- IN MEMORIAM
- TRI-DELTA RETAINS UTAH SORORITY HOUSE AFTER LEGAL BATTLE WITH HOUSE CORPORATION
- HAZING LEADS TO LAWSUIT, CRIMINAL CHARGES
- HOW TO HANDLE AN INTERNAL REVENUE SERVICE AUDIT
- COURT UPHOLDS DAMAGE AWARD AGAINST UNIVERSITY OF IOWA
Newsletter > March 2009 > "TRI-DELTA RETAINS UTAH SORORITY HOUSE AFTER LEGAL BATTLE WITH HOUSE CORPORATION"
TRI-DELTA RETAINS UTAH SORORITY HOUSE AFTER LEGAL BATTLE WITH HOUSE CORPORATION
After a legal battle with a house corporation, national sorority Delta Delta Delta recovered the title to the sorority house at the University of Utah that had served the inactivated Theta Phi Chapter. The state trial court’s decision in this matter sheds light on a murky question of ownership that surrounds most fraternity houses but seldom arises.
By way of background, DDD’s Executive Board withdrew the charter issued to its Theta Phi Chapter at the University of Utah on April 30, 2006. Then in a complaint filed July 27, 2006, DDD sued the Theta Phi House Corporation to convey the property, noting “despite withdrawal of the charter of Theta Phi Chapter and the inactivation of the Theta Phi Chapter, Theta Phi House Corp. has refused to convey title to the property to DDD.”
Reportedly, the alumni who operated the house corporation did not convey the title to the house so that the funds alumni and students had put into the house would benefit the University of Utah community instead of the national DDD organization. This purpose, however, directly contrasted provisions in the house corporation’s bylaws that said,
Upon inactivation of the chapter, the house corporation shall be dissolved and all right, title, and interest in and to any assets held or owned by the house corporation or used by it in connection with the performance of its functions automatically shall revert to and become vested in Delta Delta Delta.
The House Corporation denied the applicability of this provision and the validity of amendments to its articles. Ultimately, a Utah state court had to sort the matter out.
In ruling for DDD, Judge Anthony Quinn based his decision in favor of DDD on the relationship between the house corporation and the national fraternity.1 “A tripartite relationship exists between the national fraternity, Delta Delta Delta, its Utah Theta Phi chapter and its Utah Theta Phi house corporation.” And without the national fraternity, Judge Quinn noted, the house corporation would not exist.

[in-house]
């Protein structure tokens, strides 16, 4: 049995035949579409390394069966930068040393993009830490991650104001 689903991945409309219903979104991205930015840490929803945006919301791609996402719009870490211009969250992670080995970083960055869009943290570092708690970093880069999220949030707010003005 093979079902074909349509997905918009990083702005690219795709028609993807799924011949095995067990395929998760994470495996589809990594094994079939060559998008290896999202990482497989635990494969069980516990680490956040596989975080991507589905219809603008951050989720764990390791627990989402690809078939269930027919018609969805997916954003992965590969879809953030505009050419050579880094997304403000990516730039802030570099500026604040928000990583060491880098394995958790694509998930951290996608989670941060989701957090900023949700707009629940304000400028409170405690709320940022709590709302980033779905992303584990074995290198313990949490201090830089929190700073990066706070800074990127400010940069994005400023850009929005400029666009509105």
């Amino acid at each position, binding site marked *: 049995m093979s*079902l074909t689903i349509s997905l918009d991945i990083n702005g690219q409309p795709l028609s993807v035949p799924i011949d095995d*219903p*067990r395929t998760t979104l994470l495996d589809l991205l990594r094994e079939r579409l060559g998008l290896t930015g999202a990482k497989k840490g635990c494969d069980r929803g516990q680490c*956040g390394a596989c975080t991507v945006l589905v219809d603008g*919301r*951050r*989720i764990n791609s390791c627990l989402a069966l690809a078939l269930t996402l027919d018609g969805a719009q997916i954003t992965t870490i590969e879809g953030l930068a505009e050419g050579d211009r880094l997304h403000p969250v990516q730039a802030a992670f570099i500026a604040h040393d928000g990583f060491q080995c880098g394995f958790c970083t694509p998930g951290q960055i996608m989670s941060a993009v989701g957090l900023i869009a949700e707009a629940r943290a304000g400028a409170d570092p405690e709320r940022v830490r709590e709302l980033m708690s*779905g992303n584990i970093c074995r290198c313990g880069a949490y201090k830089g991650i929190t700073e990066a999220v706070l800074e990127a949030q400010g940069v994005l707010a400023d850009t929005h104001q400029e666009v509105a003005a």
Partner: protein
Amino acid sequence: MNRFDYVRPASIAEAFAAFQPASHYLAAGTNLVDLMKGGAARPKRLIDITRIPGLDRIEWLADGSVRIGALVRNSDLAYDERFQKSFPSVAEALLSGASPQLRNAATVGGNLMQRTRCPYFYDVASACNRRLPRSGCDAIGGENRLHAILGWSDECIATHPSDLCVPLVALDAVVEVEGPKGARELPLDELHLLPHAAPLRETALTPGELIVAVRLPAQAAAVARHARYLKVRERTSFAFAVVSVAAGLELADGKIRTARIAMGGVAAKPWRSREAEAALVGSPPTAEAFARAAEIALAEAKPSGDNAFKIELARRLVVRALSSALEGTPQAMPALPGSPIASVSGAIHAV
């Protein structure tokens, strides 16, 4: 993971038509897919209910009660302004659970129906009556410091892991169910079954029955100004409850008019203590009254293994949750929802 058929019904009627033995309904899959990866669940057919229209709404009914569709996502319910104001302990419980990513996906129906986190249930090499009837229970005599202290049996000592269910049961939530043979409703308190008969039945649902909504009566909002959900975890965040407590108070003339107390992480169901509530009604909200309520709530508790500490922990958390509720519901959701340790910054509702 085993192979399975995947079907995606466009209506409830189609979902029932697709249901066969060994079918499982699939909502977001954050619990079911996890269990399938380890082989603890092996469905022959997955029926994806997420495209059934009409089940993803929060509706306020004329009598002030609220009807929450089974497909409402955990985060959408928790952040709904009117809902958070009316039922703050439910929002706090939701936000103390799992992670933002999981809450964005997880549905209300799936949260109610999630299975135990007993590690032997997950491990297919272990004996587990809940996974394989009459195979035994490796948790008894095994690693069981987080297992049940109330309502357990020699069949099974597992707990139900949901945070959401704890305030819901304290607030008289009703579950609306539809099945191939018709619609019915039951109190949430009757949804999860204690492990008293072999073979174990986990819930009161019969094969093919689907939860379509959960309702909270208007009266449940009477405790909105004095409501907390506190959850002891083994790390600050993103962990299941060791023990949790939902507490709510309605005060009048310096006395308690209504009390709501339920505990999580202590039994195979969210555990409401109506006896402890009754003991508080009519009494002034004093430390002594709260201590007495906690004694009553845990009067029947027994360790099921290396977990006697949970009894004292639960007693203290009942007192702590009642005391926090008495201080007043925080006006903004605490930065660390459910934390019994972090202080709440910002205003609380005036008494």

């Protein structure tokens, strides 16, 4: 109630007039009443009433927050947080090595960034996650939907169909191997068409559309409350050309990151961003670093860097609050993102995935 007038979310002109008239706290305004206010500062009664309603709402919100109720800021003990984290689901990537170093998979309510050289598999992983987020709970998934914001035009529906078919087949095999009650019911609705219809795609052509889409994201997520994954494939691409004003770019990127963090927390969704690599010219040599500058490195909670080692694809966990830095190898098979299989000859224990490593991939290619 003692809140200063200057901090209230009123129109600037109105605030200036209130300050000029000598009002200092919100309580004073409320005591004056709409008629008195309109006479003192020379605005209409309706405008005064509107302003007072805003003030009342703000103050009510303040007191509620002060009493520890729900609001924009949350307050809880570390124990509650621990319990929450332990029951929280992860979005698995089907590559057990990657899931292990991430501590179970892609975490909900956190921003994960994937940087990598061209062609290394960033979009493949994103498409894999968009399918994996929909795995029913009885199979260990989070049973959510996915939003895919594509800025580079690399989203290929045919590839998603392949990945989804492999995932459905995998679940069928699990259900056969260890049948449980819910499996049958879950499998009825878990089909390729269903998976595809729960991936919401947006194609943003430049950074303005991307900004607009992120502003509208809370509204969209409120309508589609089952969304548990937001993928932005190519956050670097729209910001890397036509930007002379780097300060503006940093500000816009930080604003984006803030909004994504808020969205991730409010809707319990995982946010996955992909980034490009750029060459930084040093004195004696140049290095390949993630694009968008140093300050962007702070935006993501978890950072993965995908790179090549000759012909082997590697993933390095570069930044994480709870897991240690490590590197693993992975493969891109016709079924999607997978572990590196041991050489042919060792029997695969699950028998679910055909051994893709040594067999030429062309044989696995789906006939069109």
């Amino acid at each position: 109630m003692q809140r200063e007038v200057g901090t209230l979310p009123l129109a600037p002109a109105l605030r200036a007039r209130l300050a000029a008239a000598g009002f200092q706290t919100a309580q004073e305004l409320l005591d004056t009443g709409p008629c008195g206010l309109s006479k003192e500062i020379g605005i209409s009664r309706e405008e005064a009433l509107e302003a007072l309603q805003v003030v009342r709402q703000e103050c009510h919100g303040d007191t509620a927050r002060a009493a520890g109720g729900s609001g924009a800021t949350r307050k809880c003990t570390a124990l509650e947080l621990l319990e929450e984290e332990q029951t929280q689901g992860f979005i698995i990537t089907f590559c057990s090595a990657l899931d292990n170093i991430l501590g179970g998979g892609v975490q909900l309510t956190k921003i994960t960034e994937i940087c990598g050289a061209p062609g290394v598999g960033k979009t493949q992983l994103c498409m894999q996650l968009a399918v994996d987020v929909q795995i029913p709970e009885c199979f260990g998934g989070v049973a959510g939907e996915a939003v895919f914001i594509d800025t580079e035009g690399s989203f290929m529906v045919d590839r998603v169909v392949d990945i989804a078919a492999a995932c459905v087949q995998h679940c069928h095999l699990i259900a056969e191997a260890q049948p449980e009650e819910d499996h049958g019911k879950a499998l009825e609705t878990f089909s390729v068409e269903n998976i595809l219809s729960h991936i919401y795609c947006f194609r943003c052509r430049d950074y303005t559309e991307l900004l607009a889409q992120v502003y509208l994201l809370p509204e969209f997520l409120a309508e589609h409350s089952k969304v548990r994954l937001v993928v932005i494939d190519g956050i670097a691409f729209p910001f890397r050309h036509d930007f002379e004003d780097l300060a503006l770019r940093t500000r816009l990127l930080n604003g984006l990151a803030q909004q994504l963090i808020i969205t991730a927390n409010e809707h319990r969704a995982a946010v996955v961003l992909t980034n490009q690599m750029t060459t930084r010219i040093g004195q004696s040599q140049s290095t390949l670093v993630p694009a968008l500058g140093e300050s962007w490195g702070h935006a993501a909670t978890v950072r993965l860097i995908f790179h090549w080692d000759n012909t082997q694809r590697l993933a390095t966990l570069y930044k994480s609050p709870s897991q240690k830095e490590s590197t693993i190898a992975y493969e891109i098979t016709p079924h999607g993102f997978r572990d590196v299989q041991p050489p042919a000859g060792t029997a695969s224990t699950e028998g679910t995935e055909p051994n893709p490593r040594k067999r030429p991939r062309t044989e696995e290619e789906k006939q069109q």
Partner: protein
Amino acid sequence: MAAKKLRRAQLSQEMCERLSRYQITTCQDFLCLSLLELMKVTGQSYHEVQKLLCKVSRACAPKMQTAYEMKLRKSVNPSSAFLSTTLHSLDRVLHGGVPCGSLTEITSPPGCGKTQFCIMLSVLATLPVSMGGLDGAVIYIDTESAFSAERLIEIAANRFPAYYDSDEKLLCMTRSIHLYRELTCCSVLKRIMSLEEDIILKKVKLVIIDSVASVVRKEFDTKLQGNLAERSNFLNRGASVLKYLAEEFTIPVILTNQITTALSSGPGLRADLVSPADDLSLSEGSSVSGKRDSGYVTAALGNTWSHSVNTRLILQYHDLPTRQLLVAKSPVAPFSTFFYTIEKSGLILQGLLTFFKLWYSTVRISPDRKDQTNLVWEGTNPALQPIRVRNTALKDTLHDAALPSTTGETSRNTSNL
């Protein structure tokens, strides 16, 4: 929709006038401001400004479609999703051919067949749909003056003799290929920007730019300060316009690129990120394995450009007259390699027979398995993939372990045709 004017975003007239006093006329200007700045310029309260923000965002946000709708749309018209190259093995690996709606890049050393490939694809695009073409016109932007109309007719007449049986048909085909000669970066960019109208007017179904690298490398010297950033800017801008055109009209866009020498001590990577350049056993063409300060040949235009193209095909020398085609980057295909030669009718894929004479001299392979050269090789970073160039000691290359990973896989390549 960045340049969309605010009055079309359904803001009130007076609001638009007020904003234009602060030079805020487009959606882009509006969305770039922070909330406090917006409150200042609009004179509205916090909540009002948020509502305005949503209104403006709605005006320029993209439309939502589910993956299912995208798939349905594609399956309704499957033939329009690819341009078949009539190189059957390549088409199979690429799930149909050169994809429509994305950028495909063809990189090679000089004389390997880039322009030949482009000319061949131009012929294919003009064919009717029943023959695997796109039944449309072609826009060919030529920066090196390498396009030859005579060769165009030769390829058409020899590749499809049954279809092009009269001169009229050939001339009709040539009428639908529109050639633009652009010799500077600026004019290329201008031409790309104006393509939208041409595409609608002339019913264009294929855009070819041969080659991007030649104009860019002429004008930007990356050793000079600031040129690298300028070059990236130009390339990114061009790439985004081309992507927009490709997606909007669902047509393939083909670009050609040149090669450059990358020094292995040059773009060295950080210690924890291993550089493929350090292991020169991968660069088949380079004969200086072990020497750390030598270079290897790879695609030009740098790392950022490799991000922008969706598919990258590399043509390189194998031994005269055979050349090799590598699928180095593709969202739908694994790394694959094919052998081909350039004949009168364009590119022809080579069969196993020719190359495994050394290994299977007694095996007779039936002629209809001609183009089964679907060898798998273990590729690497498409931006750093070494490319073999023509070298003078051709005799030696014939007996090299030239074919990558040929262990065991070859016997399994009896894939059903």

The house corporation really only exists because it is the policy of the national fraternity to require its existence. The primary flow of revenue to the Utah Theta Phi house corporation was from Delta Delta Delta members at the Utah Theta Phi chapter who were required to live in the house and pay rent per the terms of chapter bylaws. Those chapter bylaw provisions were in turn required by the bylaws of Delta Delta Delta.
The house corporation’s affiliation with DDD was contractual, Judge Quinn found, with the revenue stream and the many services provided by DDD for the house corporation constituting the consideration for the contract. For example, the Judge noted:
Substantial ongoing consideration was provided by DDD directly to Theta Phi House Corp. including the income stream for the operation of the Theta Phi House Corp. through Chapter bylaw provisions that required Delta Delta Delta chapter members to live in the facility, consulting services performed for the operation of house corporations, form housing contracts, grants upon application and upon acceptance of the applications of same, loans, insurance policies obtained on a national basis, directors’ and officers’ liability insurance, and liability insurance for volunteers associated with the house corporation.
But even without consideration, Judge Quinn continued, DDD was a third-party beneficiary to the house corporation’s promise, made in its bylaws, to convey the chapter’s assets to DDD in the event of deactivation. Following this reasoning, the court ordered the house corporation to deed the property title and the deactivated chapter’s assets to DDD.
This is an important case with possible national ramifications for all Greek organizations. When a national organization has to make the unfortunate decision to close a chapter, the issue of what happens to the Chapter’s assets, particularly any existing chapter house, must be considered. In this case, Judge Quinn sided with the national organization versus the local house corporation.
The case is currently on appeal in the Utah Court of Appeals. Look for updates in Fraternal Law as the case progresses through the appellate courts.
1 Delta Delta Delta v. Theta Phi House Corporation of Delta Delta Delta, In the Third Judicial District Court for Salt Lake County, State of Utah, Trial Court Case No. 060912357.